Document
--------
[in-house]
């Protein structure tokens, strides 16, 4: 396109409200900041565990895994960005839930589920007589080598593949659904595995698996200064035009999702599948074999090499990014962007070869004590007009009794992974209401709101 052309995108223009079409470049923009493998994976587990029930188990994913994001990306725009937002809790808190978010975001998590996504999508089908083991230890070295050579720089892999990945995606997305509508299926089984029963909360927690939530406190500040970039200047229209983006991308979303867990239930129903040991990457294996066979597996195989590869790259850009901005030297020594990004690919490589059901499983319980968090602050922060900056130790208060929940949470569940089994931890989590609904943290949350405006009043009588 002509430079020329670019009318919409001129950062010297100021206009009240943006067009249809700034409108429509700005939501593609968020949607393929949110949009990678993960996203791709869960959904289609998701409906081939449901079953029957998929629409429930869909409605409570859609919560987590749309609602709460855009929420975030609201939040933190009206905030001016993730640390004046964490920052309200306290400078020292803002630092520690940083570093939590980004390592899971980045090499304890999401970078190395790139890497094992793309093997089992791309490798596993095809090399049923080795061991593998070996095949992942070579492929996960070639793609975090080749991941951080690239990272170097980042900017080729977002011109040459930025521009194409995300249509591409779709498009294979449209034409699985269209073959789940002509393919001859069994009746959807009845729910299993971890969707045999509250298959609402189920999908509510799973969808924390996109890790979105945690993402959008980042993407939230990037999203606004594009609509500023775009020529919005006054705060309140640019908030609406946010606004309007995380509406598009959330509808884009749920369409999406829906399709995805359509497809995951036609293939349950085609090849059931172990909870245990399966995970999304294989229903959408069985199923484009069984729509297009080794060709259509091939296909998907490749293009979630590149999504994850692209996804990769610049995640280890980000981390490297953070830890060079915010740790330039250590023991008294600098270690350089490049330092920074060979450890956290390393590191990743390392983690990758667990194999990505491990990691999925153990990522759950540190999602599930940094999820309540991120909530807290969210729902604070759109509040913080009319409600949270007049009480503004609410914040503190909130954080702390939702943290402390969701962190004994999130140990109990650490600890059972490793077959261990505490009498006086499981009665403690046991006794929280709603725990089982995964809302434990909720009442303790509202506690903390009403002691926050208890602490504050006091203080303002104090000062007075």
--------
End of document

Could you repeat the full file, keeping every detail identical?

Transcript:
[in-house]
């Protein structure tokens, strides 16, 4: 396109409200900041565990895994960005839930589920007589080598593949659904595995698996200064035009999702599948074999090499990014962007070869004590007009009794992974209401709101 052309995108223009079409470049923009493998994976587990029930188990994913994001990306725009937002809790808190978010975001998590996504999508089908083991230890070295050579720089892999990945995606997305509508299926089984029963909360927690939530406190500040970039200047229209983006991308979303867990239930129903040991990457294996066979597996195989590869790259850009901005030297020594990004690919490589059901499983319980968090602050922060900056130790208060929940949470569940089994931890989590609904943290949350405006009043009588 002509430079020329670019009318919409001129950062010297100021206009009240943006067009249809700034409108429509700005939501593609968020949607393929949110949009990678993960996203791709869960959904289609998701409906081939449901079953029957998929629409429930869909409605409570859609919560987590749309609602709460855009929420975030609201939040933190009206905030001016993730640390004046964490920052309200306290400078020292803002630092520690940083570093939590980004390592899971980045090499304890999401970078190395790139890497094992793309093997089992791309490798596993095809090399049923080795061991593998070996095949992942070579492929996960070639793609975090080749991941951080690239990272170097980042900017080729977002011109040459930025521009194409995300249509591409779709498009294979449209034409699985269209073959789940002509393919001859069994009746959807009845729910299993971890969707045999509250298959609402189920999908509510799973969808924390996109890790979105945690993402959008980042993407939230990037999203606004594009609509500023775009020529919005006054705060309140640019908030609406946010606004309007995380509406598009959330509808884009749920369409999406829906399709995805359509497809995951036609293939349950085609090849059931172990909870245990399966995970999304294989229903959408069985199923484009069984729509297009080794060709259509091939296909998907490749293009979630590149999504994850692209996804990769610049995640280890980000981390490297953070830890060079915010740790330039250590023991008294600098270690350089490049330092920074060979450890956290390393590191990743390392983690990758667990194999990505491990990691999925153990990522759950540190999602599930940094999820309540991120909530807290969210729902604070759109509040913080009319409600949270007049009480503004609410914040503190909130954080702390939702943290402390969701962190004994999130140990109990650490600890059972490793077959261990505490009498006086499981009665403690046991006794929280709603725990089982995964809302434990909720009442303790509202506690903390009403002691926050208890602490504050006091203080303002104090000062007075």